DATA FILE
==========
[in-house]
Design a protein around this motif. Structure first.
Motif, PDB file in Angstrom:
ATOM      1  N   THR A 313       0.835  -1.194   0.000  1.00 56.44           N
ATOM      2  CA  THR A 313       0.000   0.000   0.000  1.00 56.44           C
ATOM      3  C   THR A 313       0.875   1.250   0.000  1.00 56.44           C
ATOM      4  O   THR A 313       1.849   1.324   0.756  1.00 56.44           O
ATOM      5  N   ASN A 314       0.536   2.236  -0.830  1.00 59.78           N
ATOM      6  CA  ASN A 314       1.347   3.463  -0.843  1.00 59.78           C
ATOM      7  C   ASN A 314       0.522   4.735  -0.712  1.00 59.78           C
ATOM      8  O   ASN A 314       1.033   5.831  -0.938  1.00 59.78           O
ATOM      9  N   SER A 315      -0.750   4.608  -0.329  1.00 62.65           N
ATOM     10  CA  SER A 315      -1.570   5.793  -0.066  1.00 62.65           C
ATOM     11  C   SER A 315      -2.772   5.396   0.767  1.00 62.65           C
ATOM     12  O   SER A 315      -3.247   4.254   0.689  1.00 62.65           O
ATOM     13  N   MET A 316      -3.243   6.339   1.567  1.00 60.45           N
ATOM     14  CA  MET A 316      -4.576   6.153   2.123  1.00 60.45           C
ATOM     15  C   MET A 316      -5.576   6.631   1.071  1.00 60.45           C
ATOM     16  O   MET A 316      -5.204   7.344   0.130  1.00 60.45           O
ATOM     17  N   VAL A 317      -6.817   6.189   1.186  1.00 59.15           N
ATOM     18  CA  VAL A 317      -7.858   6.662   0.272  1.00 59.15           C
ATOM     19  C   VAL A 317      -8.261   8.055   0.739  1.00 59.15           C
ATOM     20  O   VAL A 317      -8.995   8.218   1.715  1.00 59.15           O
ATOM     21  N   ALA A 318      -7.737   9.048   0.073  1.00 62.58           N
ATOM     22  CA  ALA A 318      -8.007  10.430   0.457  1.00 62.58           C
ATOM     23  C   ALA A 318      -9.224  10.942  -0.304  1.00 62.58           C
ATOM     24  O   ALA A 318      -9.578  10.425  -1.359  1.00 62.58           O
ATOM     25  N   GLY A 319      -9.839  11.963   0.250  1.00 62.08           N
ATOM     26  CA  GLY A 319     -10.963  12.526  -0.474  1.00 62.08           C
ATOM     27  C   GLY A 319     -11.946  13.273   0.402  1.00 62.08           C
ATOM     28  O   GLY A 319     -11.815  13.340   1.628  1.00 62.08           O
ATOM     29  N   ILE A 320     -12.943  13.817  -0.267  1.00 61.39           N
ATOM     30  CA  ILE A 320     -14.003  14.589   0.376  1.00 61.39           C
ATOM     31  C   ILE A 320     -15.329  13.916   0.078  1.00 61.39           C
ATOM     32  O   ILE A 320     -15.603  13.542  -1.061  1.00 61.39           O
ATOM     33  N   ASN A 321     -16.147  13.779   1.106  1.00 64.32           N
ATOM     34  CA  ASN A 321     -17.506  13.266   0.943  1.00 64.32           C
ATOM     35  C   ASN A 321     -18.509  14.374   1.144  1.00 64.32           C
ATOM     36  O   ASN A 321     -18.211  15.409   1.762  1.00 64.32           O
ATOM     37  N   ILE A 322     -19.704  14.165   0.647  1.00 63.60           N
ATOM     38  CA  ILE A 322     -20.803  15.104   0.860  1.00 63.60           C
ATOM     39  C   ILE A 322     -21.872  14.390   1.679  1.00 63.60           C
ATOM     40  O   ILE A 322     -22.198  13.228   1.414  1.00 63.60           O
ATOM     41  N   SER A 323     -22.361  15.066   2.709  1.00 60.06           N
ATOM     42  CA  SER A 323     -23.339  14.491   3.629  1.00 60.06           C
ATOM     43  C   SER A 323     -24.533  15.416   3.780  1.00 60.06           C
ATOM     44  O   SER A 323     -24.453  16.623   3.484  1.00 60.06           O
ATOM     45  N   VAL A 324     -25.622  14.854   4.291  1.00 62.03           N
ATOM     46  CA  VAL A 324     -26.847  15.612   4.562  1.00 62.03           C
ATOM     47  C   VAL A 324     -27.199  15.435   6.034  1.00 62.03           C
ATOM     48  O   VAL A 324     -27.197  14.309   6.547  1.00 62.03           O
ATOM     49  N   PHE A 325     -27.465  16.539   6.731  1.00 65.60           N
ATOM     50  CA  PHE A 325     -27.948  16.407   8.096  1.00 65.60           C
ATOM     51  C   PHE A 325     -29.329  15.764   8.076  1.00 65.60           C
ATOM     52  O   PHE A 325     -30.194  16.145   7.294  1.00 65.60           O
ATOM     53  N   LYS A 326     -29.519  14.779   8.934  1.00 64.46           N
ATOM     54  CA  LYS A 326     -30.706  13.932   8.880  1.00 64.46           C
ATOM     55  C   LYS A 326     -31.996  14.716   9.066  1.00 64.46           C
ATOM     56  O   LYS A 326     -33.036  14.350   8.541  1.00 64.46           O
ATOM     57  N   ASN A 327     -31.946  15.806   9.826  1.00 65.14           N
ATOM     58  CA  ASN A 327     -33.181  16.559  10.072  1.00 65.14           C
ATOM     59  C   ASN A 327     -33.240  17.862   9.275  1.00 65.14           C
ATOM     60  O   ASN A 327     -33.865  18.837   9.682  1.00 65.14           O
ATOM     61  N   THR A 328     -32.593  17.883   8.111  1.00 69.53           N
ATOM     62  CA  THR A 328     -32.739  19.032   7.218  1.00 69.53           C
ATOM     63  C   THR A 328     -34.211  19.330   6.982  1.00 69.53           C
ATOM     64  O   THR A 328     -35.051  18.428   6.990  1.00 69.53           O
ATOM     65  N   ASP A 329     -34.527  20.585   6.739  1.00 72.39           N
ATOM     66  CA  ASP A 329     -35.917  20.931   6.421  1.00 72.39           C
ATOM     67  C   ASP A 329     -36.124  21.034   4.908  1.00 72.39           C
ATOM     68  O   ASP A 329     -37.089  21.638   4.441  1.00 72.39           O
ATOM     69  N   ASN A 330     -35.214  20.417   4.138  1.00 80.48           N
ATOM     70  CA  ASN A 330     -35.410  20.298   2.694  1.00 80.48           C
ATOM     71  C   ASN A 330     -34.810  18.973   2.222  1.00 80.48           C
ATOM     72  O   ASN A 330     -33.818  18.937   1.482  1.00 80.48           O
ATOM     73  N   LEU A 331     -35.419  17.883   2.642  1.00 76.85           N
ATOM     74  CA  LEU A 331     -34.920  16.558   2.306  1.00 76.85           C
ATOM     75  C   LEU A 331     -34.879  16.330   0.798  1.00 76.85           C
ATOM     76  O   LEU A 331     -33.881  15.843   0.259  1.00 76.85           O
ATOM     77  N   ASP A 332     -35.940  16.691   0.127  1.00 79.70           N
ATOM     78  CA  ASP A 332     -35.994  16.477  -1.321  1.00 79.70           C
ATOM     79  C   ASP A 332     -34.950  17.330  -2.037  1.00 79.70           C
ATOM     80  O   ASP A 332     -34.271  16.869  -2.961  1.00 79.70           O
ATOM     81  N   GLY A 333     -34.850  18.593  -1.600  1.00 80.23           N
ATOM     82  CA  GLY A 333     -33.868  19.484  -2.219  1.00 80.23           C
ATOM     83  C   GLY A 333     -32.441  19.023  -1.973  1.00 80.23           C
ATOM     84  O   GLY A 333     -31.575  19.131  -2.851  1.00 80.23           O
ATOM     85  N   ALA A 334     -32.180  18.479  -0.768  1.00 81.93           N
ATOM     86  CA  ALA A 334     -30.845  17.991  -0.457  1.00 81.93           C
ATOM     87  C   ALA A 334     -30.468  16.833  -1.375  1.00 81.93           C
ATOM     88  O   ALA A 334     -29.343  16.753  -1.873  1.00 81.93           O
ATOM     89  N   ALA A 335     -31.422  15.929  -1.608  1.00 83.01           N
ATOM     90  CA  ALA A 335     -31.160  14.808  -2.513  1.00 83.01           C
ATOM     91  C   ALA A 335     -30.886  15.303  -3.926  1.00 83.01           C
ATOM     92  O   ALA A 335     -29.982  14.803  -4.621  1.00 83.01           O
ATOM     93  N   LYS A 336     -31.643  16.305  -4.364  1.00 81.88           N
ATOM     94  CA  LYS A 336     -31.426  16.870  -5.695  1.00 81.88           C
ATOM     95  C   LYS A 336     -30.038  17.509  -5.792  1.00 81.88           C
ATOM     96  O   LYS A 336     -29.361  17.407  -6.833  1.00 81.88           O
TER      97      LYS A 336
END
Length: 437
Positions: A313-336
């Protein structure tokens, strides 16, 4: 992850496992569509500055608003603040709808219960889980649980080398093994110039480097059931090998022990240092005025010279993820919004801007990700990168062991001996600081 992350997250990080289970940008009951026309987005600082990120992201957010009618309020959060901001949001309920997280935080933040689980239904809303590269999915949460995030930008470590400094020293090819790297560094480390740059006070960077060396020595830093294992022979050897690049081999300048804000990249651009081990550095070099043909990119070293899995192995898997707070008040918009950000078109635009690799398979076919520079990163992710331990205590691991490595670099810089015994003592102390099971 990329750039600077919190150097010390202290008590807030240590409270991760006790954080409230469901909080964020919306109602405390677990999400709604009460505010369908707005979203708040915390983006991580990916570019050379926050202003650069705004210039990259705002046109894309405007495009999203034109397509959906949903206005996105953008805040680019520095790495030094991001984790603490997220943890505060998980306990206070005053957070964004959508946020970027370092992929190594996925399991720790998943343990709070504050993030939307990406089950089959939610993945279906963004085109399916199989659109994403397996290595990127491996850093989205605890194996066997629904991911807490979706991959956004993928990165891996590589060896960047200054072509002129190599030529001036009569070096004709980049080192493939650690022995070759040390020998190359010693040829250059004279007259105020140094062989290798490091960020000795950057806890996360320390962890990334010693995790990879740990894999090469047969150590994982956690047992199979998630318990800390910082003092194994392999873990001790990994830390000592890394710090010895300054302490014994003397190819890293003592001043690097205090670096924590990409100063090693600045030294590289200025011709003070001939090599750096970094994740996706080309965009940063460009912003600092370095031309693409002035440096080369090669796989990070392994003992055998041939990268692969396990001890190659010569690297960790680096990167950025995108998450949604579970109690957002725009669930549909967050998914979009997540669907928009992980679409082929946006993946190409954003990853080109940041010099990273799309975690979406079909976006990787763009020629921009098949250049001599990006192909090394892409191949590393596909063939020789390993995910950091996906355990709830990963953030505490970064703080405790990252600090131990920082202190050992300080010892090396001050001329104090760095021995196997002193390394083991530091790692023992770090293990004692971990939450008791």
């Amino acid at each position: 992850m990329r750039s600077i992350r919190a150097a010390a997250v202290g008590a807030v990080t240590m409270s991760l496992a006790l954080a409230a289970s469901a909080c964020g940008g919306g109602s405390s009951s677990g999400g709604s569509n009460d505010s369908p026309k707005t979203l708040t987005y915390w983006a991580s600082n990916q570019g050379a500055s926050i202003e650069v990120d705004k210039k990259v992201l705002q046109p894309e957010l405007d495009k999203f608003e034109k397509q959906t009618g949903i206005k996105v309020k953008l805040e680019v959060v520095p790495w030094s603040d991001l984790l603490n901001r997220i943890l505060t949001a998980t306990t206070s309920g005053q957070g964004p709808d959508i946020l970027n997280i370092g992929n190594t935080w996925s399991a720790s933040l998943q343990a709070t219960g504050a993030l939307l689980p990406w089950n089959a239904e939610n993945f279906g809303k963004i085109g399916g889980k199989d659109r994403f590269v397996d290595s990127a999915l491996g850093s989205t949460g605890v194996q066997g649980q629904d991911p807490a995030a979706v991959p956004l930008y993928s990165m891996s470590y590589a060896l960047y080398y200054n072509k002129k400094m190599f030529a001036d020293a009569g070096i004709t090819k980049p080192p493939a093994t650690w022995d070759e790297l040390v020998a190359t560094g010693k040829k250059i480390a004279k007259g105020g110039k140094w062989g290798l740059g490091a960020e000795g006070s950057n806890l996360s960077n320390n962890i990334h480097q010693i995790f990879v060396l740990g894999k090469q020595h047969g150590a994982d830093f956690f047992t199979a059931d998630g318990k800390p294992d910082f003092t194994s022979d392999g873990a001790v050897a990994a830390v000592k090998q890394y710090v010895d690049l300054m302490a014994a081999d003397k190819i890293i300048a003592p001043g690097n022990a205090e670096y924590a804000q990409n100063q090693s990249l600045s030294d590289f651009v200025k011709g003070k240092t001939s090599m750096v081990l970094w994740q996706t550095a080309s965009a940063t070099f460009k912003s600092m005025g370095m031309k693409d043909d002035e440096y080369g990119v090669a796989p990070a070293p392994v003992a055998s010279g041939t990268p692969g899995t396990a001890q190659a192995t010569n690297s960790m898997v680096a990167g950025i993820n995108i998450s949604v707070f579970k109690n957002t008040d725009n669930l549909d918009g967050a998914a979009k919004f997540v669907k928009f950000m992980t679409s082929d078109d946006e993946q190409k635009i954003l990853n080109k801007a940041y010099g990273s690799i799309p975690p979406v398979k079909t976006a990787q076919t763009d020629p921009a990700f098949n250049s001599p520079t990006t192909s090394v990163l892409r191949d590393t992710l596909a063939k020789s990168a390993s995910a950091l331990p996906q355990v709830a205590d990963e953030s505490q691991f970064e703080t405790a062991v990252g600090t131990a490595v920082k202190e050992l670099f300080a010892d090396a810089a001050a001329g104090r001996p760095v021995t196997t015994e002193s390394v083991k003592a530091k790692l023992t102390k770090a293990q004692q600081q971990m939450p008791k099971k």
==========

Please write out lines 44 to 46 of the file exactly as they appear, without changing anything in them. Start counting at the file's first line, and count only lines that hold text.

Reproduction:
ATOM     41  N   SER A 323     -22.361  15.066   2.709  1.00 60.06           N
ATOM     42  CA  SER A 323     -23.339  14.491   3.629  1.00 60.06           C
ATOM     43  C   SER A 323     -24.533  15.416   3.780  1.00 60.06           C